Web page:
EXCLUSIVE: Is U.S. Intel Chief Violating Iran Sanctions?

Aaron Klein of WorldNetDaily JERUSALEM , March 5 /PRNewswire-USNewswire/ -- President Obama's pick for a top intelligence post sits on the board of a major oil company owned by the Chinese government that is in the midst of a multibillion...


Aaron Klein of WorldNetDaily

JERUSALEM , March 5 /PRNewswire-USNewswire/ -- President Obama's pick for a top intelligence post sits on the board of a major oil company owned by the Chinese government that is in the midst of a multibillion dollar deal with Iran which may violate U.S. sanctions, reports Aaron Klein of WorldNetDaily.

The oil company is widely seen as conducting business deals meant to expand China's influence worldwide. One of its recent attempts to purchase a large U.S. oil firm drew bipartisan congressional opposition amid fears the deal would harm American national security interests.

Charles "Chas" Freeman , U.S. ambassador to Saudi Arabia during the first Gulf War, is slated to head the U.S. National Intelligence Council. Since 2004, Freeman has been on the international advisory board of the China National Offshore Oil Corporation, CNOOC.

Ma Bing , an analyst for CNOOC's investor relations department, today confirmed to WND that Freeman is still on the board. He said Freeman's role is to "provide the [company] management with strategic advice on world events and macro issues that may impact our development."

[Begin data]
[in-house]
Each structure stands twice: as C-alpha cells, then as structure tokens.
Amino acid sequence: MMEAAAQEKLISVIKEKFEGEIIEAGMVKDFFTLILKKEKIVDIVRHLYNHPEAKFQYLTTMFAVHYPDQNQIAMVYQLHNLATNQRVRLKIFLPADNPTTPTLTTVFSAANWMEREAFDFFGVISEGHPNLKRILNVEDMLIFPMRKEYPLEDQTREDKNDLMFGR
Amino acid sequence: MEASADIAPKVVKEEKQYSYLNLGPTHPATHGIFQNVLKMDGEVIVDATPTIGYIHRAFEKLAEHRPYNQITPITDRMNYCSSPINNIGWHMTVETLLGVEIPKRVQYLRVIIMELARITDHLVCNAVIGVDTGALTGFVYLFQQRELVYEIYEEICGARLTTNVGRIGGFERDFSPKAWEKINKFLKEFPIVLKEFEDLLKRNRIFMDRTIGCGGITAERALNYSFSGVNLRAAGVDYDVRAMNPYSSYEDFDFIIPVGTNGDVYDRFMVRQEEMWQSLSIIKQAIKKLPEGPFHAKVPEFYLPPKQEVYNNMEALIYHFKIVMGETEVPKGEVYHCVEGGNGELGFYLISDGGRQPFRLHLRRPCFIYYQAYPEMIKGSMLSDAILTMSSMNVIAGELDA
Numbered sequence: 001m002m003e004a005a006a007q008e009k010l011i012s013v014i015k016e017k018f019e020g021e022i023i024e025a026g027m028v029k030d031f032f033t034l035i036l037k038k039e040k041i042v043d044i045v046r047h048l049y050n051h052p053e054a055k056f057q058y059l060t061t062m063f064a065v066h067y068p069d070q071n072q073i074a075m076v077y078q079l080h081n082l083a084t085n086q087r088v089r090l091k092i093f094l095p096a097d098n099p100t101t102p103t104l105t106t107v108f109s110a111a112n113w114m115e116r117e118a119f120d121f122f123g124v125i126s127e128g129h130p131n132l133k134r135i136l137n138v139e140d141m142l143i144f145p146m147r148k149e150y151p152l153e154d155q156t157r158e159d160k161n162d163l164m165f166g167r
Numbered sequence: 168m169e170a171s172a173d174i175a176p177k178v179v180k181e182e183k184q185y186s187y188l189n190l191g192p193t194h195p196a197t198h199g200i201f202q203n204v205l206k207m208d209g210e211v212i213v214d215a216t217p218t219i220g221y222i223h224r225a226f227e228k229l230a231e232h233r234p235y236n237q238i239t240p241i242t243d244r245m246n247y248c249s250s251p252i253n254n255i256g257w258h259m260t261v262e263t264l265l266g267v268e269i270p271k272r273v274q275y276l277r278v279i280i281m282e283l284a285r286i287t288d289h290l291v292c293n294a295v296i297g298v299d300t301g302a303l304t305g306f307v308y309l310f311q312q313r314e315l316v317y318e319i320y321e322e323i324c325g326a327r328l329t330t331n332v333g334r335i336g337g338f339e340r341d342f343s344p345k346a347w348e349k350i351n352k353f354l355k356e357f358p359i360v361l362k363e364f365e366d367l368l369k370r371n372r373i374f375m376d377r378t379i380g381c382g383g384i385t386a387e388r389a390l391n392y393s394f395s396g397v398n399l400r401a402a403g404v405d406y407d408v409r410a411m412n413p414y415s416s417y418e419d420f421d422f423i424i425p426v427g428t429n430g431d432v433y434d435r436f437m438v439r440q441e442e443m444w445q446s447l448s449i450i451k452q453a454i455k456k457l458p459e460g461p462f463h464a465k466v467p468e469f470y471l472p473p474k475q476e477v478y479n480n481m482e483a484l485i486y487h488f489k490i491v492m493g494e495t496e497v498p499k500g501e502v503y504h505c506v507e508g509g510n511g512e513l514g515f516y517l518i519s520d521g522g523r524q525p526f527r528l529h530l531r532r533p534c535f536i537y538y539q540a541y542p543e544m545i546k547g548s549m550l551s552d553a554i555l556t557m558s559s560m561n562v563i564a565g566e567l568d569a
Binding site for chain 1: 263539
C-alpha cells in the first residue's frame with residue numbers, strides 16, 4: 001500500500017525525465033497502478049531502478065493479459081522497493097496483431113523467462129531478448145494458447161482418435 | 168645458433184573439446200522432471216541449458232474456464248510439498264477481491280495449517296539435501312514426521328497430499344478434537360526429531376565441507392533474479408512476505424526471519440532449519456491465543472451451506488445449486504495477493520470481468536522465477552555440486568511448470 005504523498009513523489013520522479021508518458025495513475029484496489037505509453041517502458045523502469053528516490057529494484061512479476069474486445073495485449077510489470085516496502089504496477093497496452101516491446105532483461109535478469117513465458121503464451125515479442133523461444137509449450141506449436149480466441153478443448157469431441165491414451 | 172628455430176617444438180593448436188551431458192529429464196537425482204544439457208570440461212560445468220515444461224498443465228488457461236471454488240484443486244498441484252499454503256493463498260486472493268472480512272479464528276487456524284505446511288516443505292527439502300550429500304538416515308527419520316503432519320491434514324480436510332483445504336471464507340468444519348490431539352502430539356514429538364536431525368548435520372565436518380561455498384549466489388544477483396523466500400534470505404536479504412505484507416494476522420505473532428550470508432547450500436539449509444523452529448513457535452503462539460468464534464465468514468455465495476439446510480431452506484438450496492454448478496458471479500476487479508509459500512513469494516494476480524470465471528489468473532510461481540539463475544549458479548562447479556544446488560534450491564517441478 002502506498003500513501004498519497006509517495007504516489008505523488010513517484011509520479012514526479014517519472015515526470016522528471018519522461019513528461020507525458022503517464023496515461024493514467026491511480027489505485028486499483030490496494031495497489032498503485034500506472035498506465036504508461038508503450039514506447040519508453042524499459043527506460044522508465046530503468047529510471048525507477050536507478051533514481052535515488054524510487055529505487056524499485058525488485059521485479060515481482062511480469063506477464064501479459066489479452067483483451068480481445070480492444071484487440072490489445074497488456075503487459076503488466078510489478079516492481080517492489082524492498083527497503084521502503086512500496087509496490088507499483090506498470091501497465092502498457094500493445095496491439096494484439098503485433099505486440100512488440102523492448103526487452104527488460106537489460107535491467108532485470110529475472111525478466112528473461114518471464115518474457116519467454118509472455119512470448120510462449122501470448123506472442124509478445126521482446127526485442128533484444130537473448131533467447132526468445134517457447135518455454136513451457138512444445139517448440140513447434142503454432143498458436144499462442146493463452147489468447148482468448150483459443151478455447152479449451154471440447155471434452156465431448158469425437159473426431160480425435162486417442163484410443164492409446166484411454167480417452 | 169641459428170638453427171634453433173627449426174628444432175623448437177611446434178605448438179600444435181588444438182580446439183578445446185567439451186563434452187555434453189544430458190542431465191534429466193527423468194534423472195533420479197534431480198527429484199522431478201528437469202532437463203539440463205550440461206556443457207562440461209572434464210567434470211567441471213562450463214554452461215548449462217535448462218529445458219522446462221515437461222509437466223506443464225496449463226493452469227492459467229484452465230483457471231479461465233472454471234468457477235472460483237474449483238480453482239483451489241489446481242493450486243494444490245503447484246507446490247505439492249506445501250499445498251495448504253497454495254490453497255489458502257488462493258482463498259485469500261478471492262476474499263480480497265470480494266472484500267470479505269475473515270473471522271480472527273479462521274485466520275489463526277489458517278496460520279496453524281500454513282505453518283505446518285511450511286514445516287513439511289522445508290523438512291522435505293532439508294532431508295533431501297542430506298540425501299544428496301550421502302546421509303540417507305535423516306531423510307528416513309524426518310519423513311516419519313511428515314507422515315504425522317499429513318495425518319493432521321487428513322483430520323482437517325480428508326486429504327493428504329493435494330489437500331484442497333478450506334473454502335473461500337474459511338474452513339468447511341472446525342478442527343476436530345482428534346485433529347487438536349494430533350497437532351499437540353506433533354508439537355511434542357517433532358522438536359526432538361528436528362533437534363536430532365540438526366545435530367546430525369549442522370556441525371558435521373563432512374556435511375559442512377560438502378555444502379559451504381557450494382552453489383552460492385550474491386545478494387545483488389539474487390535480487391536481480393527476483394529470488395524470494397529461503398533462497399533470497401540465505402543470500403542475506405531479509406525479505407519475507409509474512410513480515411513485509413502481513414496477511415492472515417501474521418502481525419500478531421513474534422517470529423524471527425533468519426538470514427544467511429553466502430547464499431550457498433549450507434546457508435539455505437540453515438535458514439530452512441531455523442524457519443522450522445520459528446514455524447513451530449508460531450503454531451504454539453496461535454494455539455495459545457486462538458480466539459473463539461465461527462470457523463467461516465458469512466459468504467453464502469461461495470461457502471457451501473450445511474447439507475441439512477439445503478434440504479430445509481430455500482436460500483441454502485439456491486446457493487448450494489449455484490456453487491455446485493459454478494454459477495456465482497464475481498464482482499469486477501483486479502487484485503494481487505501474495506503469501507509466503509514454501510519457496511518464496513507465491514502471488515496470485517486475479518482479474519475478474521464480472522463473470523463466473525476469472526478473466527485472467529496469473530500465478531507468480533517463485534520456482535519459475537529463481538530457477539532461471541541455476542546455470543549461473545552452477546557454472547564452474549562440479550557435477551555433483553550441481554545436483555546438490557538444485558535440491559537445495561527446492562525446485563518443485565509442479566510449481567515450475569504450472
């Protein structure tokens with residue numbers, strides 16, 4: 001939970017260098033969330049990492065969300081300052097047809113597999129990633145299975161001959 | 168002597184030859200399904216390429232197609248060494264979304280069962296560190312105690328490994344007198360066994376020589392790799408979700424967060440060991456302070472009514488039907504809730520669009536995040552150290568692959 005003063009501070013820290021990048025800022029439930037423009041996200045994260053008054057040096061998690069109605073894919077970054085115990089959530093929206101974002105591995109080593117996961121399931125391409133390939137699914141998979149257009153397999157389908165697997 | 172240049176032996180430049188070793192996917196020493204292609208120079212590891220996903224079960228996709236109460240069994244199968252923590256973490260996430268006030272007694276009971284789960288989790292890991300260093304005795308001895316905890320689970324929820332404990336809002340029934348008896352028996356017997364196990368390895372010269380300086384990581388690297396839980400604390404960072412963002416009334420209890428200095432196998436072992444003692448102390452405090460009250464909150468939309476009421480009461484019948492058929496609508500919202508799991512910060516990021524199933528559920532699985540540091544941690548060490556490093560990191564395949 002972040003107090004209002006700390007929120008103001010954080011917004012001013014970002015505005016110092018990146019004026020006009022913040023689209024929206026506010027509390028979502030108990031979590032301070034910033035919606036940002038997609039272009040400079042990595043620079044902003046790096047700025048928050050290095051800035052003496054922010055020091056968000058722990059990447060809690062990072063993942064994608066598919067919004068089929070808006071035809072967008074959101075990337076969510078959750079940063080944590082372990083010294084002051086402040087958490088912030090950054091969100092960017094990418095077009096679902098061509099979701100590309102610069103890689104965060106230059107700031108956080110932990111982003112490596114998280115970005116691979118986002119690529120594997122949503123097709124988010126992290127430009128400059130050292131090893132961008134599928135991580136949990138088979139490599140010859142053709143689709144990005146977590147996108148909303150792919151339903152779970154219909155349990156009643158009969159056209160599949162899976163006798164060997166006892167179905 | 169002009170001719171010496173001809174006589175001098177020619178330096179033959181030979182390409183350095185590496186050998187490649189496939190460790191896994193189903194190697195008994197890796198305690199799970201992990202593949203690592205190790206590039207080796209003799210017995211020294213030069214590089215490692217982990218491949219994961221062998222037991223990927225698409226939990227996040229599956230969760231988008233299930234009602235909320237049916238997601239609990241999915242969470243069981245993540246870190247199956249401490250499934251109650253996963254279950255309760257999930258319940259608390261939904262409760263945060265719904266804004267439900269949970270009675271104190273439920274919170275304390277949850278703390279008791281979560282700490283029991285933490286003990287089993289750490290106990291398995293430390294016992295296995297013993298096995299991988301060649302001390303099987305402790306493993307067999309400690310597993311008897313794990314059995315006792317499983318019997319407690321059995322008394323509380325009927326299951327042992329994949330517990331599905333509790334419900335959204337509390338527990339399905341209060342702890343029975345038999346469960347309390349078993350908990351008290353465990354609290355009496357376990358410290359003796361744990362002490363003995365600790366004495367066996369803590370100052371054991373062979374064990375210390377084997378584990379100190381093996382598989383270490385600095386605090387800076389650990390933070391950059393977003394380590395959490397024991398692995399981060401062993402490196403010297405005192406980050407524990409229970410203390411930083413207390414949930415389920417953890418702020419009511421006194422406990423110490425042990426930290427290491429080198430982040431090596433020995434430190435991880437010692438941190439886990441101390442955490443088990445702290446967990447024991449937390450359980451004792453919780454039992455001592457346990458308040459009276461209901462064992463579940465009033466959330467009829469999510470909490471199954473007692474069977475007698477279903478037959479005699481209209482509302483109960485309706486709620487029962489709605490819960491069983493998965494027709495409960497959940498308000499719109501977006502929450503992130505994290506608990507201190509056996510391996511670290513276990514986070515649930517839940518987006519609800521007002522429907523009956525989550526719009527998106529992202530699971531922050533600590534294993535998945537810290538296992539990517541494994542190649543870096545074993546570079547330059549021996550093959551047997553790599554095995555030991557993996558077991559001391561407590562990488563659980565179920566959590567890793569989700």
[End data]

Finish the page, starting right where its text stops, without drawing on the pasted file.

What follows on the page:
In 2006, CNOOC, with Freeman on its advisory board, signed a memorandum of understanding with the state-owned National Iranian Oil Company to develop Iran's North Pars gas field in a contract with Tehran reportedly worth $16 billion. The deal was stalled for two years after the U.S. State and Treasury Departments vowed to scrutinize the transaction to see if it violates either international or U.S. sanctions against Iran .

The Iranian oil company announced it finalized the development plan with CNOOC last December. The two companies are negotiating the contract price.

A State Department spokesperson told WND that the U.S. government will look into the deal after it is concluded to determine if it violates American sanctions. The Treasury Department in the past acted swiftly against international firms said to violate the sanctions.

Freeman did not return WND requests for comment left with a media representative at the Middle East Policy Council, where he serves as director.

Earlier this week, a bipartisan group of American congressmen called for a review of alleged financial ties between Freeman and the Saudi government. His Middle East Policy Council, a Washington -based, Saudi-backed nonprofit, received tens of thousands of dollars a year from Osama bin Laden family and hundreds of thousands more from other Saudi donors.

http://www.wnd.com/index.php?fa=PAGE.view&pageId=90734

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SOURCE Aaron Klein , WorldNetDaily.com